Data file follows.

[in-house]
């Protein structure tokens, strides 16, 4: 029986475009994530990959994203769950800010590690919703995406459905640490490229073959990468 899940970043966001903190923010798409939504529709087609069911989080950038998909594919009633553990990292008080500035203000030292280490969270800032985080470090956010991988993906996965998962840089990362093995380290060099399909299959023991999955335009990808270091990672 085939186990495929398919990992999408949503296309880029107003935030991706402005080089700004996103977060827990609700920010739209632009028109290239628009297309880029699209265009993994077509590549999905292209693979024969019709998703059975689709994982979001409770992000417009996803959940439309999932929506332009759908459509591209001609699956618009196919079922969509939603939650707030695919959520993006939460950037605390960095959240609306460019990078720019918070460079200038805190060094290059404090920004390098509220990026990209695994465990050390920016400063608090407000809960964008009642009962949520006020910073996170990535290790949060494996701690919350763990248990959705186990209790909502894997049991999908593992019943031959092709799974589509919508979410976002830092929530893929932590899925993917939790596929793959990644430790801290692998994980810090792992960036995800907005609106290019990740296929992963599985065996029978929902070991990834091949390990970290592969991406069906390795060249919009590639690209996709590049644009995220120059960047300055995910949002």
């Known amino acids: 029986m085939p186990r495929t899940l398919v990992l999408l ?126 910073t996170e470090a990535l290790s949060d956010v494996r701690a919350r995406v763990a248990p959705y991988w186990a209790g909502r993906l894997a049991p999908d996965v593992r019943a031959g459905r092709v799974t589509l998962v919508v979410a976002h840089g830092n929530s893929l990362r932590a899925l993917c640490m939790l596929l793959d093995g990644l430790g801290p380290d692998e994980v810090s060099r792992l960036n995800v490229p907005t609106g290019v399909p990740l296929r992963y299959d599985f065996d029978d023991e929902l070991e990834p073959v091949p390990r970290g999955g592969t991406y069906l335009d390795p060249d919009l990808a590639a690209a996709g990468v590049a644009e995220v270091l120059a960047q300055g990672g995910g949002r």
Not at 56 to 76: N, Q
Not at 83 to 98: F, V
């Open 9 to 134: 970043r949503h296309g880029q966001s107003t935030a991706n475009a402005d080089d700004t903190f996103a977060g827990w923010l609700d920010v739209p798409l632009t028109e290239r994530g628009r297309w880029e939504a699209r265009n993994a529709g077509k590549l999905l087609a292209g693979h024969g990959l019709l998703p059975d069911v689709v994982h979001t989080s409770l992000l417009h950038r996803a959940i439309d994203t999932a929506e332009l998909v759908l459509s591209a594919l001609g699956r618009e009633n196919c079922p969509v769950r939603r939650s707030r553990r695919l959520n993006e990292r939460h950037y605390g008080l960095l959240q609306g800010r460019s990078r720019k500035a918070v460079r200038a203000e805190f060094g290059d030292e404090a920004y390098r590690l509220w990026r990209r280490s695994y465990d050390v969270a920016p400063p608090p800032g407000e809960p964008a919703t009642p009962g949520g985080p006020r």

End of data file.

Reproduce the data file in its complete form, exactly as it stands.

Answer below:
[in-house]
């Protein structure tokens, strides 16, 4: 029986475009994530990959994203769950800010590690919703995406459905640490490229073959990468 899940970043966001903190923010798409939504529709087609069911989080950038998909594919009633553990990292008080500035203000030292280490969270800032985080470090956010991988993906996965998962840089990362093995380290060099399909299959023991999955335009990808270091990672 085939186990495929398919990992999408949503296309880029107003935030991706402005080089700004996103977060827990609700920010739209632009028109290239628009297309880029699209265009993994077509590549999905292209693979024969019709998703059975689709994982979001409770992000417009996803959940439309999932929506332009759908459509591209001609699956618009196919079922969509939603939650707030695919959520993006939460950037605390960095959240609306460019990078720019918070460079200038805190060094290059404090920004390098509220990026990209695994465990050390920016400063608090407000809960964008009642009962949520006020910073996170990535290790949060494996701690919350763990248990959705186990209790909502894997049991999908593992019943031959092709799974589509919508979410976002830092929530893929932590899925993917939790596929793959990644430790801290692998994980810090792992960036995800907005609106290019990740296929992963599985065996029978929902070991990834091949390990970290592969991406069906390795060249919009590639690209996709590049644009995220120059960047300055995910949002």
């Known amino acids: 029986m085939p186990r495929t899940l398919v990992l999408l ?126 910073t996170e470090a990535l290790s949060d956010v494996r701690a919350r995406v763990a248990p959705y991988w186990a209790g909502r993906l894997a049991p999908d996965v593992r019943a031959g459905r092709v799974t589509l998962v919508v979410a976002h840089g830092n929530s893929l990362r932590a899925l993917c640490m939790l596929l793959d093995g990644l430790g801290p380290d692998e994980v810090s060099r792992l960036n995800v490229p907005t609106g290019v399909p990740l296929r992963y299959d599985f065996d029978d023991e929902l070991e990834p073959v091949p390990r970290g999955g592969t991406y069906l335009d390795p060249d919009l990808a590639a690209a996709g990468v590049a644009e995220v270091l120059a960047q300055g990672g995910g949002r």
Not at 56 to 76: N, Q
Not at 83 to 98: F, V
């Open 9 to 134: 970043r949503h296309g880029q966001s107003t935030a991706n475009a402005d080089d700004t903190f996103a977060g827990w923010l609700d920010v739209p798409l632009t028109e290239r994530g628009r297309w880029e939504a699209r265009n993994a529709g077509k590549l999905l087609a292209g693979h024969g990959l019709l998703p059975d069911v689709v994982h979001t989080s409770l992000l417009h950038r996803a959940i439309d994203t999932a929506e332009l998909v759908l459509s591209a594919l001609g699956r618009e009633n196919c079922p969509v769950r939603r939650s707030r553990r695919l959520n993006e990292r939460h950037y605390g008080l960095l959240q609306g800010r460019s990078r720019k500035a918070v460079r200038a203000e805190f060094g290059d030292e404090a920004y390098r590690l509220w990026r990209r280490s695994y465990d050390v969270a920016p400063p608090p800032g407000e809960p964008a919703t009642p009962g949520g985080p006020r």